“This is New York. We judge ourselves by how we treat the most vulnerable among us. This looks like a situation where we’re failing our own standards.”
The Public Service Commission was in the dark over Knoll’s death until it was contacted by The Daily News last week. After numerous inquiries, a spokesman announced it was opening a probe into the circumstances surrounding the man’s lack of heat.
The announcement drew cheers from AARP New York Legislative Director Bill Ferris.
“AARP commends The Daily News for bringing this to light and prompting this investigation,” Ferris said. “We can never let this happen again.”
Knoll had a deep family connection to the upscale neighbourhood where he lived and died.
His German-born father founded the Hans G. Knoll Furniture Co. in a small space on E. 72nd Street.
The furniture and design firm, later renamed Knoll Inc., grew into an international giant. But Hans Knoll didn’t live long enough to see his son grow up to be a man.
The elder Knoll died in a car crash in Havana in 1955, when Peter was just 13.
Peter Knoll went to exclusive boarding schools — first in Switzerland, then in Vermont — before enrolling at Columbia University, where he dropped out after a few semesters.
Friends say he fell in with a fast crowd that travelled widely and partied hard.
Tall and dashing, Knoll was known to snap up exotic cars and leave them in far-flung places.
“He lived the good life for many years,” said a close friend. “He was extremely handsome when he was younger, and he had all the money in the world.”
When Knoll took over the slender brownstone near Madison Avenue in 1974, he was divorced and battling substance abuse.
He joined Alcoholics Anonymous, found God and got sober. By then he had three children — two daughters and a son.
He split his time between New York and Florida and turned into a philanthropist, donating money to Habitat for Humanity and other causes.
As he aged, Knoll’s health issues grew more severe. He suffered from diabetes and later developed melanoma.
He gradually became more withdrawn and more suspicious of those he didn’t know.
Friends described him as “complicated” and “eccentric.” Garbage accumulated around the sunken entrance to his building, drawing sneers from his well-to-do neighbours.
In March 2013, Knoll hired a plumber to replace two gas-fired boilers. City records show that the work was completed and signed off on by the Buildings Department that same month.
Con Edison received a request to turn on the gas, but the utility refused to do so due to a “safety issue,” a spokesman said. He would not elaborate.
A Buildings Department official said it was never notified about Knoll’s lack of gas. The official insisted that the situation would play out differently if it happened today.
After a deadly 2015 gas explosion in the East Village, the department and Con Edison agreed to contact each other within 24 hours when dangerous conditions require a gas shutoff, the spokesman said.
Deprived of heat, most people would follow up with Con Edison or reach out to someone else for help.
But Knoll wasn’t most people.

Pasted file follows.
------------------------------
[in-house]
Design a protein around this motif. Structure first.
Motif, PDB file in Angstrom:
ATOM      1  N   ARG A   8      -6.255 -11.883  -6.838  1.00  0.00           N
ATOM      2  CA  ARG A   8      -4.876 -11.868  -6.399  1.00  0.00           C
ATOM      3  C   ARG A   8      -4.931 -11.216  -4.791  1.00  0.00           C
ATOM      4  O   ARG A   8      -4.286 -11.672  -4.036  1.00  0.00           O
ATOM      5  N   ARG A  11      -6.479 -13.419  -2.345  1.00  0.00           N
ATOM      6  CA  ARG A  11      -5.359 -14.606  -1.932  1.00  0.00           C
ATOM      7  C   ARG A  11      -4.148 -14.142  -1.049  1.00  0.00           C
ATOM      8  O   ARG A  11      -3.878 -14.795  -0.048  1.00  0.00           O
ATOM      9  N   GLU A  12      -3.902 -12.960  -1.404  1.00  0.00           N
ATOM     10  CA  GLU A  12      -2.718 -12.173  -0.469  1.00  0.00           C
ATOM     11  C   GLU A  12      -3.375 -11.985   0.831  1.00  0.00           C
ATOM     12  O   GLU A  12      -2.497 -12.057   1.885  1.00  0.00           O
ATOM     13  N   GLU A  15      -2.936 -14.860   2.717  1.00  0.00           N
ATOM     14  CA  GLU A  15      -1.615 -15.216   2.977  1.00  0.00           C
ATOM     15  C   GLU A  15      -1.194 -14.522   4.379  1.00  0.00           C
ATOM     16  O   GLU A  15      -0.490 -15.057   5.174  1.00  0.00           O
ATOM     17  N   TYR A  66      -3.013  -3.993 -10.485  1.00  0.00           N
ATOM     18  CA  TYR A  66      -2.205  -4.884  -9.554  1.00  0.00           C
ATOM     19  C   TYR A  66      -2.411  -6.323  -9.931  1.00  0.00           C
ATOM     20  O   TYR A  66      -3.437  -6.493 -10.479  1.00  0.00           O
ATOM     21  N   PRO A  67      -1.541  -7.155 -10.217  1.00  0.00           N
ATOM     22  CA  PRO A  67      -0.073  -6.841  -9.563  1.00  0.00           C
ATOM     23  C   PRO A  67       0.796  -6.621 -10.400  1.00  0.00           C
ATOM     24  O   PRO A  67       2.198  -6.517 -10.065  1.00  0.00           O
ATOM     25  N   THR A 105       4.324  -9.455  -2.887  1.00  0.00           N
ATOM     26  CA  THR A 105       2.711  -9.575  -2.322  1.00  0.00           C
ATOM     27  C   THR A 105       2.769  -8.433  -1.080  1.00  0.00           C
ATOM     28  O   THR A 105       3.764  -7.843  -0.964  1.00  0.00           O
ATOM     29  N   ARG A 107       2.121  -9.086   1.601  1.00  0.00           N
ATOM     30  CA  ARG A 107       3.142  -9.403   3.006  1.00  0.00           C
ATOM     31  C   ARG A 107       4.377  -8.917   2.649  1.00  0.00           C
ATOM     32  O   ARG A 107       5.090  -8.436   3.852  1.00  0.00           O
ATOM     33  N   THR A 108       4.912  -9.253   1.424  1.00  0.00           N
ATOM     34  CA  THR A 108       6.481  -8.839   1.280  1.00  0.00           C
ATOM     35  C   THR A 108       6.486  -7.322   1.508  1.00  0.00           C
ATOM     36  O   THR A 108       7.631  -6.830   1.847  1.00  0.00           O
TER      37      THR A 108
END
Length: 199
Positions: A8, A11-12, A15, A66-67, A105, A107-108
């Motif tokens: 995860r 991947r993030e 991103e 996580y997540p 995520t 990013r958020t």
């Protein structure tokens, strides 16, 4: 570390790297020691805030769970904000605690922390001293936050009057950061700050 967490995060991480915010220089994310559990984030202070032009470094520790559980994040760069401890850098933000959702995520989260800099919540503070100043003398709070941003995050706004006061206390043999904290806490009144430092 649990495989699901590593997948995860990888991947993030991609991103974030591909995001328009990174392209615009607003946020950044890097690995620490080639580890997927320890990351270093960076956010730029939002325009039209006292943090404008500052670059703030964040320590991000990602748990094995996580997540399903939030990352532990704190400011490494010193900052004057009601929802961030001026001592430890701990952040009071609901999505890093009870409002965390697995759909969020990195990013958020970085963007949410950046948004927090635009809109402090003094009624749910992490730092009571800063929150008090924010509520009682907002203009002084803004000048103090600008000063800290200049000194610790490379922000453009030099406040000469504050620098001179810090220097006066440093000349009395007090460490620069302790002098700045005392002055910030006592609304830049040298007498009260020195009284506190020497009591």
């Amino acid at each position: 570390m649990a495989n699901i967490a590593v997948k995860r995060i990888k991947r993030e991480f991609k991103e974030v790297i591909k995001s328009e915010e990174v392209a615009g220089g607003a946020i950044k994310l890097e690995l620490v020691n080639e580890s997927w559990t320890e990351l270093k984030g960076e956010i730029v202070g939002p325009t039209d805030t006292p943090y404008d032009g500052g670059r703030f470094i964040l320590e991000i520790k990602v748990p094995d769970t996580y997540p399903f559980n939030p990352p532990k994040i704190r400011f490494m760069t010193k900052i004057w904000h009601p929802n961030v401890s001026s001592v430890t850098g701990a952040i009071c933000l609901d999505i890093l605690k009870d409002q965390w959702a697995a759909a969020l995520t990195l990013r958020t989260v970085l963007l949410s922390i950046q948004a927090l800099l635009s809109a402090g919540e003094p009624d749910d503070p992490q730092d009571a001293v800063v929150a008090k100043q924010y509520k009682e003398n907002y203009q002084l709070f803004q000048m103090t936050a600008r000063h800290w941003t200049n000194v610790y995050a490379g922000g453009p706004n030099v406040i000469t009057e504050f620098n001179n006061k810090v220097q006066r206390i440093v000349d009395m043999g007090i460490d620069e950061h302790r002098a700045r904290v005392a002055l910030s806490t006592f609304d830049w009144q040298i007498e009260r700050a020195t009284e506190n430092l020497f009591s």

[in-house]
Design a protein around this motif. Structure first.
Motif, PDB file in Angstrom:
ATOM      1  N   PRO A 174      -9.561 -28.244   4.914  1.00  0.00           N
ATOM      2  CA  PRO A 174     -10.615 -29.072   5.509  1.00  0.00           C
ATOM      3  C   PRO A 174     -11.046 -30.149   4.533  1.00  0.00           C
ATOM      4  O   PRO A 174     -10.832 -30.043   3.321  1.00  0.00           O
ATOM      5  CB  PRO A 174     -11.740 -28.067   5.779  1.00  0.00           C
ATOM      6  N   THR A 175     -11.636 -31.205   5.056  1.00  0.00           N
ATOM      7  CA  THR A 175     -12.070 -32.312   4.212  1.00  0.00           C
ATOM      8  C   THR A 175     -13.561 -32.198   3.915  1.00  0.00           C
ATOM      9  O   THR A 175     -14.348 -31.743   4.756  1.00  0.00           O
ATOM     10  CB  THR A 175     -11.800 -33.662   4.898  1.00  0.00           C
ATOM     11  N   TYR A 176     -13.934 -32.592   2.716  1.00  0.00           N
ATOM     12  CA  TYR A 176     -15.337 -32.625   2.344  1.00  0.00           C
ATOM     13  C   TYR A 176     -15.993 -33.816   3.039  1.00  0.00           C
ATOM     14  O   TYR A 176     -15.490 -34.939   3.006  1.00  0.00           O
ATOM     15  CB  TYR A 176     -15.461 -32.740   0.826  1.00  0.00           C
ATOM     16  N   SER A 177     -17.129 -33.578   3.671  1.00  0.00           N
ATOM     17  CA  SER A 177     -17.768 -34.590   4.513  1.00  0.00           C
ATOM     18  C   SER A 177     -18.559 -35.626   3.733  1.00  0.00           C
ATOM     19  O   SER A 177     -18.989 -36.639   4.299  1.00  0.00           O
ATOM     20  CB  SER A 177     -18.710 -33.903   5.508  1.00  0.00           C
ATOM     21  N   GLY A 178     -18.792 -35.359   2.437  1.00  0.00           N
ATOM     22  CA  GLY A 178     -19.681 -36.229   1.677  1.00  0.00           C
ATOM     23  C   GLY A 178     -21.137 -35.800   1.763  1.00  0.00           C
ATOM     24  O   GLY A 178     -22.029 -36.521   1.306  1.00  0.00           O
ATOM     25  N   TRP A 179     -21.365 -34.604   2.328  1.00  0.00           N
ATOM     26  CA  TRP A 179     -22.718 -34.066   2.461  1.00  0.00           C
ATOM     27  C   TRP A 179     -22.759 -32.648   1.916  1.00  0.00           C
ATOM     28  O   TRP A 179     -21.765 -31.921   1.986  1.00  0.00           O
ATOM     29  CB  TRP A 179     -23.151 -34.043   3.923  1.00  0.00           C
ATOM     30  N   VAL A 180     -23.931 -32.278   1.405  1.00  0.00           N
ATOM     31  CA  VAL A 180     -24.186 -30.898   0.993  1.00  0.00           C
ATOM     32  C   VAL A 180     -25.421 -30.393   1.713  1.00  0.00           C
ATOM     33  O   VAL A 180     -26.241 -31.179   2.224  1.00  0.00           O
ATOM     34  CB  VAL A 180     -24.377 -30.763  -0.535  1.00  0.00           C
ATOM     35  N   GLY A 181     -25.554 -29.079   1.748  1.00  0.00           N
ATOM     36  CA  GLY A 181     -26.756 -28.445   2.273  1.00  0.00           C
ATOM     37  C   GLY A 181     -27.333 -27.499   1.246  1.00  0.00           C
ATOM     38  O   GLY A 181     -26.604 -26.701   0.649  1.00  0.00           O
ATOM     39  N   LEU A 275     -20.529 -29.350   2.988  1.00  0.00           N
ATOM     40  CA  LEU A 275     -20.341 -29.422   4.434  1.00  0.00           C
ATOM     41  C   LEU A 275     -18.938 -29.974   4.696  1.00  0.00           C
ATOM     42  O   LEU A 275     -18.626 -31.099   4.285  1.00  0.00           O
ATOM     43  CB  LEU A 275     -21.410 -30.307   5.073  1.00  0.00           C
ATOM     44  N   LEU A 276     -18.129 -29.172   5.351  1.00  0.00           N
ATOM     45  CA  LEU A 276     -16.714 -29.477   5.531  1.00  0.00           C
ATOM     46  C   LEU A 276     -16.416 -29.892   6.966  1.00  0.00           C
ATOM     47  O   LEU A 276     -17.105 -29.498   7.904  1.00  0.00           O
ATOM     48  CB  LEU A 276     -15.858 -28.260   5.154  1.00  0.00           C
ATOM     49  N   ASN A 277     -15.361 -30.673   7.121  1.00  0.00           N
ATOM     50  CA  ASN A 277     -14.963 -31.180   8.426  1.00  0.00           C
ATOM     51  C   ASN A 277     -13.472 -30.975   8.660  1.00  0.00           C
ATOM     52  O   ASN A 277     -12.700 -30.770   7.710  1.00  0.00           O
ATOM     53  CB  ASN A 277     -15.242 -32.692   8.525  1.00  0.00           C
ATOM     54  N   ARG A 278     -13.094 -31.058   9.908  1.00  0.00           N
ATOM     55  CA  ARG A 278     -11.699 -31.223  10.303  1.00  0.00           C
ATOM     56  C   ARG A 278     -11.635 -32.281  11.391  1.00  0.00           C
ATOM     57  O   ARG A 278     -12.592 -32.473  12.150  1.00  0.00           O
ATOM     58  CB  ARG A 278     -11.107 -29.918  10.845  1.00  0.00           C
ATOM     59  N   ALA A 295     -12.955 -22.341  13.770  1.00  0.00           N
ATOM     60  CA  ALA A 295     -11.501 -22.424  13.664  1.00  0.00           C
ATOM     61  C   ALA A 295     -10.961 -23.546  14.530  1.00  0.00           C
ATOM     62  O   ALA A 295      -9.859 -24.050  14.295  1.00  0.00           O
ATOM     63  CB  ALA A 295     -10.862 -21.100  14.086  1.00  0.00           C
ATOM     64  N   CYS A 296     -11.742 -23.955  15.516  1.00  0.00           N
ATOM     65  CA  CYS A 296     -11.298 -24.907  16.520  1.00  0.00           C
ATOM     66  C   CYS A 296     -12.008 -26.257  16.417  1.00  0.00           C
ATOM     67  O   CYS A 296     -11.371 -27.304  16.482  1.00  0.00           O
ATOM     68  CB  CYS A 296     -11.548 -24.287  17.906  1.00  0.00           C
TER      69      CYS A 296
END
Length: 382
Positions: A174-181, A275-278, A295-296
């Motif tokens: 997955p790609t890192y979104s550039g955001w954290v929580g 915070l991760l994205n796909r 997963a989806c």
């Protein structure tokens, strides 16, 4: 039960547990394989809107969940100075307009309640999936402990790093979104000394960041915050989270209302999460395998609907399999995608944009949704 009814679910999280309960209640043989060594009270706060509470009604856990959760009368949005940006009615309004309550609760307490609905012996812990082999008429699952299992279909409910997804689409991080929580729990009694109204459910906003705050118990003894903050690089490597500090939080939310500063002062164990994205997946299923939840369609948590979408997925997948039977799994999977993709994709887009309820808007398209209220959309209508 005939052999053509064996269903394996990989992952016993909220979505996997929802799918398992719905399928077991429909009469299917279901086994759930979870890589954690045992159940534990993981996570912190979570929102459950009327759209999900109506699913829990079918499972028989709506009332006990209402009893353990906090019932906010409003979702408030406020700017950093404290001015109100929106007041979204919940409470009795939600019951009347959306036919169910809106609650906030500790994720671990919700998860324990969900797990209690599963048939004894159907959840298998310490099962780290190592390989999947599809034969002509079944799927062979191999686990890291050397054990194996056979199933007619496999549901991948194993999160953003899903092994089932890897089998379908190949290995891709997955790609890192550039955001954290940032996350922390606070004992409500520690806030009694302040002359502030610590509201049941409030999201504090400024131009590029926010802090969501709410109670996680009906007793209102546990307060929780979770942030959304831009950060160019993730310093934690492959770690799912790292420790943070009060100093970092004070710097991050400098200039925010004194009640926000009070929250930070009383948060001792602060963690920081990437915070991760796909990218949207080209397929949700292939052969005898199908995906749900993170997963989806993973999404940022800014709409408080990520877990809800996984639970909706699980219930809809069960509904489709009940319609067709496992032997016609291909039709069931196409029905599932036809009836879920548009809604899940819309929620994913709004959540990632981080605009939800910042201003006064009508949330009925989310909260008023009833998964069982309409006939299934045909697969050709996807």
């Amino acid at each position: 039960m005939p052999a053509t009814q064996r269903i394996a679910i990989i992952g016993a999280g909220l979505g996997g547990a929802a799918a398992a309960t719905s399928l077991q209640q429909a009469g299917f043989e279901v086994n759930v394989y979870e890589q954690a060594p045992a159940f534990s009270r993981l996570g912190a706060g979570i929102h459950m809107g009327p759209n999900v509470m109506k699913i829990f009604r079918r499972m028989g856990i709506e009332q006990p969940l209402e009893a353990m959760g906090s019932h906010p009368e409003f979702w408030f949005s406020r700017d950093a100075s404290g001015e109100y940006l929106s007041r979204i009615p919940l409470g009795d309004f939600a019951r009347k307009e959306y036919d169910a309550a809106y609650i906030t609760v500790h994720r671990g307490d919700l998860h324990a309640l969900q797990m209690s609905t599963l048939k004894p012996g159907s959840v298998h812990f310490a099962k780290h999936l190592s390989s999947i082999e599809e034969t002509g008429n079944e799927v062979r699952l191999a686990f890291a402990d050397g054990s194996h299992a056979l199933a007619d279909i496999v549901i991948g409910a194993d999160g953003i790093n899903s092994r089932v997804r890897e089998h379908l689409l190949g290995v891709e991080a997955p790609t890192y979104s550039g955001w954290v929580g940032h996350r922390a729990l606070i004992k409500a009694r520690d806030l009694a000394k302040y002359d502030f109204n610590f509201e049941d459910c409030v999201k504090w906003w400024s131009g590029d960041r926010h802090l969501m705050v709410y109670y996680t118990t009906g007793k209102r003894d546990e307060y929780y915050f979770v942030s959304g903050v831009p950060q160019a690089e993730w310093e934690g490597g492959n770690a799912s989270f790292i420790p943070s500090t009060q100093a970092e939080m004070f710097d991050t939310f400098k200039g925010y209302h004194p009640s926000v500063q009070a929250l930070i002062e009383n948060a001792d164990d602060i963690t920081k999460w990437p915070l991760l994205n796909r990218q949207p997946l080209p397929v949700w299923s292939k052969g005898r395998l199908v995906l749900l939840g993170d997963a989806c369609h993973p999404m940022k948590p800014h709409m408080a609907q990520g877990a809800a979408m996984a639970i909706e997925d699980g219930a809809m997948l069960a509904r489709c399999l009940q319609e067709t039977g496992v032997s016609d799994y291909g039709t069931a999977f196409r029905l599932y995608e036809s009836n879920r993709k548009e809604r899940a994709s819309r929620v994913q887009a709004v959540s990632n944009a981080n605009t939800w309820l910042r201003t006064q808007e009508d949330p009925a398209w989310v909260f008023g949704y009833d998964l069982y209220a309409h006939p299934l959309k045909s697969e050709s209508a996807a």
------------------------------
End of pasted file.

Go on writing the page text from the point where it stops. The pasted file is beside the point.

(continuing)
He was not the kind of guy to make a fuss or advocate for himself. Instead, he dealt with the cold as best he could.
He bought electric space heaters. In the dead of winter, he stayed with friends at night and spent the days at the Metropolitan Museum of Art and other city museums. His health problems slowly consumed him. In the warmer months, he’d sit for hours in Central Park, feeding the birds.
“It was clear that he had some challenging medical issues that occupied a lot of his time and attention,” said Hugh Montgomery, development director of the Putney School in Vermont, who visited the alumnus in his final years after he pledged to support his alma mater.
“He just had a lot of demands on him and it was a lot easier for him to go to the park and feed the pigeons than cope with his life.”
Knoll’s grown children lived in Florida and had kids of their own. He pushed them away and rebuffed their offers to help, perhaps wishing not to make his problems theirs.
On January 8, Knoll’s financial adviser noticed that he hadn’t used his debit card in several days. Bone-chilling temperatures dipping as low as 9 degrees gripped the city earlier that week.
The adviser called police and officers found Knoll’s frozen body in his upstairs bedroom.
His family was told he had been dead for several days.
When Knoll’s daughter Natasha learned that the cause of death was hypothermia, with diabetes a likely contributing factor, it took her a few seconds to even understand what the word meant.
“When I think of the life my father lived and to think he died of hypothermia, I didn’t get it,” she said. Natasha Knoll expressed shock after learning from The Daily News that her father had gone so long without heat and had seemed to slip through the gaps of the city safety net.
But she said she hoped the telling of his story would prevent future deaths.
“I would hate to have someone else in this situation in the future,” she said.
“I don’t care where you live in New York, you should still be looked upon when it’s 20 below zero. No-one should freeze to death. We’re not in a Third World country.”
—New York Daily News/TNS